Earlier this week, my three year old managed to do what many younger brothers (egged on by older ones) tend to do -- he visited the ER following an explosion of blood after some brotherly roughhousing went awry. All is now well and quiet on the Northern (Chicago) Front -- there's nothing that a few stitches or the superglue that's now available for closing wounds can't cure -- but the experience did teach me a few lessons about recognizing superficial wounds versus the kinds that are truly serious. Moreover, there's a lesson that we can apply to our jobs in procurement and supply chain as well.
When the injury happened, my youngest son's head appeared to have exploded in blood (as I later learned is often the case with many forehead injuries). This was not a pleasant thing, especially considering that his brother and mother do not do well at the site of blood. But within a few minutes, the bleeding had subsided. Nearly completely. It did not require an ambulance trip or even speeding dangerously to the ER. Rather, a cool, collected response was in order (along with showing empathy towards the little guy).
When we did collect ourselves and both physically and mentally stabilized the patient, we ventured out to solve the problem. And even though it was a busy night at the local Children's ER -- I surmised after a quick count of patients in the triage area that 80% should probably have gone to a primary care physician first, but lacked adequate insurance so guess where they ended up, but don't get me started on this point. We were seen rather quickly and after the new superglue they use for these things, everyone carried on with their evening. As is the case with most of these situations, I think the parents were the ones who were most traumatized (along with the "plastic ice cream cone throwing culprit" -- he knows who he is). The actual patient ended up in perfect spirits only a few hours after the incident.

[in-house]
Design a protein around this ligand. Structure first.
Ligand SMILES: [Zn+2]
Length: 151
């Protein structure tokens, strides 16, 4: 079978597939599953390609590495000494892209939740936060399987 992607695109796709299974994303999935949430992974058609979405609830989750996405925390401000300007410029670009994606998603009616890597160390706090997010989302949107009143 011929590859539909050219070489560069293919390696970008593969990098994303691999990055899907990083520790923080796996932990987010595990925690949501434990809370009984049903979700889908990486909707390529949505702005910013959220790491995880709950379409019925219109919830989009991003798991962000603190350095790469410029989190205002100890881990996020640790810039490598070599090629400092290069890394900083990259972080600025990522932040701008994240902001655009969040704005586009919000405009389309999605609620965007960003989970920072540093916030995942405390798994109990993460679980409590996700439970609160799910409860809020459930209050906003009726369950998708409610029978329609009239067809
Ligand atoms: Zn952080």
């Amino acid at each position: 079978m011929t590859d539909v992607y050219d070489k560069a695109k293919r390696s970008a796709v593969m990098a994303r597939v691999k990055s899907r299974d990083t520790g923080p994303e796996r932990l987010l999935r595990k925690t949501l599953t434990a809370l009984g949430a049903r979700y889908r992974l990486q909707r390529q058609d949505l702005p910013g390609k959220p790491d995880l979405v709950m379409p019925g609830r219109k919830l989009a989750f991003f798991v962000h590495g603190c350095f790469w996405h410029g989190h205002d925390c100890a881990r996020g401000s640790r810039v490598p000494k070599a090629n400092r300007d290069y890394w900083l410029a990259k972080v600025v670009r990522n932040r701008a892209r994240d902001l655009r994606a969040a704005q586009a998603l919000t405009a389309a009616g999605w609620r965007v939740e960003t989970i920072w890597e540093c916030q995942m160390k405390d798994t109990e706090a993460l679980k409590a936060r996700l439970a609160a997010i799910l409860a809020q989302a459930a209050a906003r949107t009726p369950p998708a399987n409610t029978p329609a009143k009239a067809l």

I think in the procurement world, far too many of us react the way I did after first seeing the injury. Which is to say overreacting and not stepping back and recognizing what was actually a rather superficial wound that just looked bad at the time. Whether it's panicking over a supplier bankruptcy, a late shipment, a contaminated or waterlogged container not detected early or even when a supplier takes a new hard-line negotiating stance -- more often than not -- our initial observations result in a more frantic response to the situation than is often warranted.
Most wounds are superficial even if they don't look like they are at first. But to be sure, it's essential to step back and seek multiple informed opinions (as quickly as possible) in as calm a manner as possible. And then, after a rational assessment, take action in a non-panicked way, implementing only the steps that the situation really requires versus sounding the loudest alarm in the place. That way, when a real disaster occurs that warrants serious attention and alarms on all fronts, you won't end up being called the procurement boy who cries wolf (moreover, you'll keep your hairline as intact as possible along the way).